Next up for me is World War Z: An Oral History of the Zombie War. With Halloween fast approaching, it seemed like a good choice. I'm also counting this as my satire. If it starts giving me zombie nightmares (likely scenario), then I'll switch to Redshirts.

I don't know that I have universal "deal breakers." Particular aspects of the story might bother me after the fact, but during the book I can usually keep my beliefs suspended to stay in the story. I'm much more critical of movies. I can tolerate a logic flaw in a book, but not in its movie equivalent.

message 5: by Sheri (new)

Sheri | 876 comments Mod
Sara, I found that World War Z wasn't too scary. It's set up more like a documentary, with little stories along the timeline of a zombie outbreak. So while it is zombies, and it does go into some of the aftermath of attacks and stuff like that, the way it's presented is more along the lines of say a discovery channel special on a virus outbreak. It's nothing at all like the movie.

message 6: by Sara (new)

Sara | 55 comments Sheri wrote: "Sara, I found that World War Z wasn't too scary. It's set up more like a documentary, with little stories along the timeline of a zombie outbreak. So while it is zombies, and it does go into some o..."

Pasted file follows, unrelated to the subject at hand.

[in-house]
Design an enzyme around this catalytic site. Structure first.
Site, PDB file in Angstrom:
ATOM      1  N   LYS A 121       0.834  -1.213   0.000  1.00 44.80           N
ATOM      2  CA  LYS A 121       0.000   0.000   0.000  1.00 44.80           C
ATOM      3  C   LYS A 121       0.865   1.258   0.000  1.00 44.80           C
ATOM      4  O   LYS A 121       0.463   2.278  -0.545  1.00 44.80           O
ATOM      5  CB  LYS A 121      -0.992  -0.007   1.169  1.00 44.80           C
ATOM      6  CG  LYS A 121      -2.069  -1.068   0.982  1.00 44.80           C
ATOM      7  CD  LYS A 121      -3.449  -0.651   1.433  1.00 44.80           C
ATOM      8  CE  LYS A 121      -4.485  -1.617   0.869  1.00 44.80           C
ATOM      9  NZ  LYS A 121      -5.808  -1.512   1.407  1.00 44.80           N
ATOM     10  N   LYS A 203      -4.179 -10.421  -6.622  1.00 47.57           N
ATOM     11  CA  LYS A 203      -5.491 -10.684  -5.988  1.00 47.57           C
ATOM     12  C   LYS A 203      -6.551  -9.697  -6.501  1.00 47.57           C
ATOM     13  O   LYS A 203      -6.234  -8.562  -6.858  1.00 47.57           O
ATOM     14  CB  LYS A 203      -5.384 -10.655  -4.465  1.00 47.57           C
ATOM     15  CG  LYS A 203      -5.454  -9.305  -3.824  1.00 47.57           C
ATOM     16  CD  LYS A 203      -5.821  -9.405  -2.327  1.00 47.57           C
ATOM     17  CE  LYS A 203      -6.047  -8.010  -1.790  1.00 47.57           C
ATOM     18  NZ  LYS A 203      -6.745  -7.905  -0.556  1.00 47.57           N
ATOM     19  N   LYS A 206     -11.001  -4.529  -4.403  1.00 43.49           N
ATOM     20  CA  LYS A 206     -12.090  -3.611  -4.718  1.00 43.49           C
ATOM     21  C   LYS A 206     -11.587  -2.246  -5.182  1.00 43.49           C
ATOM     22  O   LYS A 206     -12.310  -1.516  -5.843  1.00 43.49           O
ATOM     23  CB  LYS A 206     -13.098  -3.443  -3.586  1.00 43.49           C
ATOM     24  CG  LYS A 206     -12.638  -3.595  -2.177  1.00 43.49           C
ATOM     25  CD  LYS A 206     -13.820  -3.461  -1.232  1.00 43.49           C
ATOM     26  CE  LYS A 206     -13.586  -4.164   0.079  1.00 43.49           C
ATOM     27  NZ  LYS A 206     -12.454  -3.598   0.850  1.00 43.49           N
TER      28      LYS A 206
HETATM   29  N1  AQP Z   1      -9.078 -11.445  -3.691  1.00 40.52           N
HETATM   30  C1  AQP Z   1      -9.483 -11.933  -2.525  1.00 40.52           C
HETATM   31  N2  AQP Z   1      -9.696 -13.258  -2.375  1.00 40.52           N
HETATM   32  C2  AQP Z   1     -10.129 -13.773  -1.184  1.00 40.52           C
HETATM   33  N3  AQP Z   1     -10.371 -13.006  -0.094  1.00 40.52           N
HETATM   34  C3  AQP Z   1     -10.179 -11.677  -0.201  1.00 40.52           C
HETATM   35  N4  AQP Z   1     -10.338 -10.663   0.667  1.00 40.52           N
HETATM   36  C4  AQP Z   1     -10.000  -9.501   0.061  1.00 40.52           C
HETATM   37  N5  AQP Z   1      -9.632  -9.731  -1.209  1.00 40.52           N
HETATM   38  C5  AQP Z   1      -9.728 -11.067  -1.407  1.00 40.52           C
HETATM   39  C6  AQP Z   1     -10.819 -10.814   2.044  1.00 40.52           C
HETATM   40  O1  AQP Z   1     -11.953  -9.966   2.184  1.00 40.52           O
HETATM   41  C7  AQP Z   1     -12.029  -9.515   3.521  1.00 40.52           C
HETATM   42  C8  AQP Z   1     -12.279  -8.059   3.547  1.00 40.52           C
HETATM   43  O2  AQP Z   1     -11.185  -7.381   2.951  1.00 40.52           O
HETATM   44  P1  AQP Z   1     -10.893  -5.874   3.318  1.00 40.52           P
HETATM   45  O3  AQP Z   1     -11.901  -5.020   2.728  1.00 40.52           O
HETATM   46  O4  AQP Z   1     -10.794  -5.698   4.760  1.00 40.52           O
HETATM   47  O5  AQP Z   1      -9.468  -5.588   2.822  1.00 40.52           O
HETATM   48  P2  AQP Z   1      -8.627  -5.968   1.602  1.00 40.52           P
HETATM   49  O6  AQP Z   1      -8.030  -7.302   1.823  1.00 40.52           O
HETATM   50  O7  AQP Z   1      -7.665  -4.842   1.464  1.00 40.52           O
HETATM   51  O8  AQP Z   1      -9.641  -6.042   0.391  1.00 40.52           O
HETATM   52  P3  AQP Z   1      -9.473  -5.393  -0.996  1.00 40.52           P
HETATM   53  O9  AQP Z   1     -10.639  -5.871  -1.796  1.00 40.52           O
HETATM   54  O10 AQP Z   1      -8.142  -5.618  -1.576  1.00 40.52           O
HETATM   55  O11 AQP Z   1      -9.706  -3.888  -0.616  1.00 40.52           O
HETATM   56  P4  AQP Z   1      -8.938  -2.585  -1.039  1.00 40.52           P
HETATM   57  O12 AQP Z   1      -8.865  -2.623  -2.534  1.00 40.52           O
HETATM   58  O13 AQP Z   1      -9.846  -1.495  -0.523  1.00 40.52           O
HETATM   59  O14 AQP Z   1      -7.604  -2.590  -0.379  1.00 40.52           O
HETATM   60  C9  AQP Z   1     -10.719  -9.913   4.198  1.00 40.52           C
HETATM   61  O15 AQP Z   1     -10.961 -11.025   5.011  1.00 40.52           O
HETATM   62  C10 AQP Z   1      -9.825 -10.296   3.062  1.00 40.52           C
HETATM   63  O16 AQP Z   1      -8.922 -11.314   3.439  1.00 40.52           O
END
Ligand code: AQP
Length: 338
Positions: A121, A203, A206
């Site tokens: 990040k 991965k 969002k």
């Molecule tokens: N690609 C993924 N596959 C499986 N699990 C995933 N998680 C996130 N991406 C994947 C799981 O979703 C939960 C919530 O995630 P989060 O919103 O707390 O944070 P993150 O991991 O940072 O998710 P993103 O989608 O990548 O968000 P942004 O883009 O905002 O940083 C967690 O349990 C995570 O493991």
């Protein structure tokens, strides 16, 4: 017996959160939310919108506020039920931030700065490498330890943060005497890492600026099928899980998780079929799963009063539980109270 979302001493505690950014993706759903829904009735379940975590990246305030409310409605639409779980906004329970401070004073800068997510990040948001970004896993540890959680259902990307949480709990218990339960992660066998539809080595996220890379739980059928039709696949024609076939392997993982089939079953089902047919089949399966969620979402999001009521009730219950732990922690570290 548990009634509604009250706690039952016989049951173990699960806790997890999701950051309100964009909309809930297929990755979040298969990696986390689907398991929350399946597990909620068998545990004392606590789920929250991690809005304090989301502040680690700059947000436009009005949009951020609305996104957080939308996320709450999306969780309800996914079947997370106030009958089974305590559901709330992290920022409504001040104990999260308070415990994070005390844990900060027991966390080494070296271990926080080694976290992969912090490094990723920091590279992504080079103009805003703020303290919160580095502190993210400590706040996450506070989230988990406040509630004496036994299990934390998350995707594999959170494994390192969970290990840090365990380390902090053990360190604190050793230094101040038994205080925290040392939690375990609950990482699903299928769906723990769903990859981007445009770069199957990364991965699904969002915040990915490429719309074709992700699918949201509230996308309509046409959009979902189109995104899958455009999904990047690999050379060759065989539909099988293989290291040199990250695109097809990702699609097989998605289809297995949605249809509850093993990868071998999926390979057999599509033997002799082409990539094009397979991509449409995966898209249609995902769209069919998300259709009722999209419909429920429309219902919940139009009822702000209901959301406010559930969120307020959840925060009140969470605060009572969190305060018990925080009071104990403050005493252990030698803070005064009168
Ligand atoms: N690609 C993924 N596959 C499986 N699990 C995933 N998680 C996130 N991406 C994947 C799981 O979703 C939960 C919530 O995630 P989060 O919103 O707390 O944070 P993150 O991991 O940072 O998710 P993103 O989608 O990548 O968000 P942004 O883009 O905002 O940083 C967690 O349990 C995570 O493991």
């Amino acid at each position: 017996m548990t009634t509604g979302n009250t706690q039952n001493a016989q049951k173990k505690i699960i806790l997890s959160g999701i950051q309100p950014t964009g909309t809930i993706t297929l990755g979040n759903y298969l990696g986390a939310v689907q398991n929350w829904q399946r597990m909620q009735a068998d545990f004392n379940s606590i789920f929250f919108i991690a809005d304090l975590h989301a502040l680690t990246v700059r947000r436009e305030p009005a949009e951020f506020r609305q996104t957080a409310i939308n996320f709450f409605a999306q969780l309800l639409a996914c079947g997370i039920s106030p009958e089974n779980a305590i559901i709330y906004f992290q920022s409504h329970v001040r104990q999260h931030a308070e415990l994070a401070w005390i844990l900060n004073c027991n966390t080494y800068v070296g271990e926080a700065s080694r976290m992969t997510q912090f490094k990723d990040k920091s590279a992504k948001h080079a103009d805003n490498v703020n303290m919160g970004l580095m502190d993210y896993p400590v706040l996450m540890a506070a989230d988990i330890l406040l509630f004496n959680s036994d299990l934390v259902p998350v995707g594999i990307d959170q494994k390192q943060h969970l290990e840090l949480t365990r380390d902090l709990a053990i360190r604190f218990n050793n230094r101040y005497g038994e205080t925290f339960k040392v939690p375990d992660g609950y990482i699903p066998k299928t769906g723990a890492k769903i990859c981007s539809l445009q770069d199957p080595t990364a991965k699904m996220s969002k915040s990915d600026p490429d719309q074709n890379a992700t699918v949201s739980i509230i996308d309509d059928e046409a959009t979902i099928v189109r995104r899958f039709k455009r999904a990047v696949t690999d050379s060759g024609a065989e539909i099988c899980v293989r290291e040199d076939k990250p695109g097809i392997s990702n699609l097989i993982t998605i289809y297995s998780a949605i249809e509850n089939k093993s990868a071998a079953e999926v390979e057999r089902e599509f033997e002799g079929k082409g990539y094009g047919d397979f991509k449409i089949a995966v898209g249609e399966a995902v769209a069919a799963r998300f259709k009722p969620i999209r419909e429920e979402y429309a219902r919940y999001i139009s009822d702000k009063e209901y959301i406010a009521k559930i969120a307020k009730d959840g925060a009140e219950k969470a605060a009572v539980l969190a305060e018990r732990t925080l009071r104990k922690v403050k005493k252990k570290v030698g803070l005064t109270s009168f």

Good to know! The book came highly recommended by a coworker. We just watched the movie again last night and, sure enough, I dreamed of zombies. Made me question my book choice. haha. Hopefully I'll finish it this week and can report back.

message 7: by Sheri (new)

Sheri | 876 comments Mod
I really liked the book, it was great! I refused to even see the movie, because I was so bummed that they basically took the name of the book and nothing else. I wanted it to be something like District 9, a sort of mockumentary film, maybe reworked a bit to have a recurring character narrative. I don't think you'll regret picking it :)

message 8: by Sara (new)

Sara | 55 comments Sheri wrote: "I really liked the book, it was great! I refused to even see the movie, because I was so bummed that they basically took the name of the book and nothing else. I wanted it to be something like Dist..."

You're right! I'm 75 pages in and it's nothing like the movie. I like the style of the book much better than the movie. There are bits and pieces of the various stories incorporated in the movie, but it seems silly that they would try to incorporate any of the book when they changed the style of the movie so much. So far, no regrets :)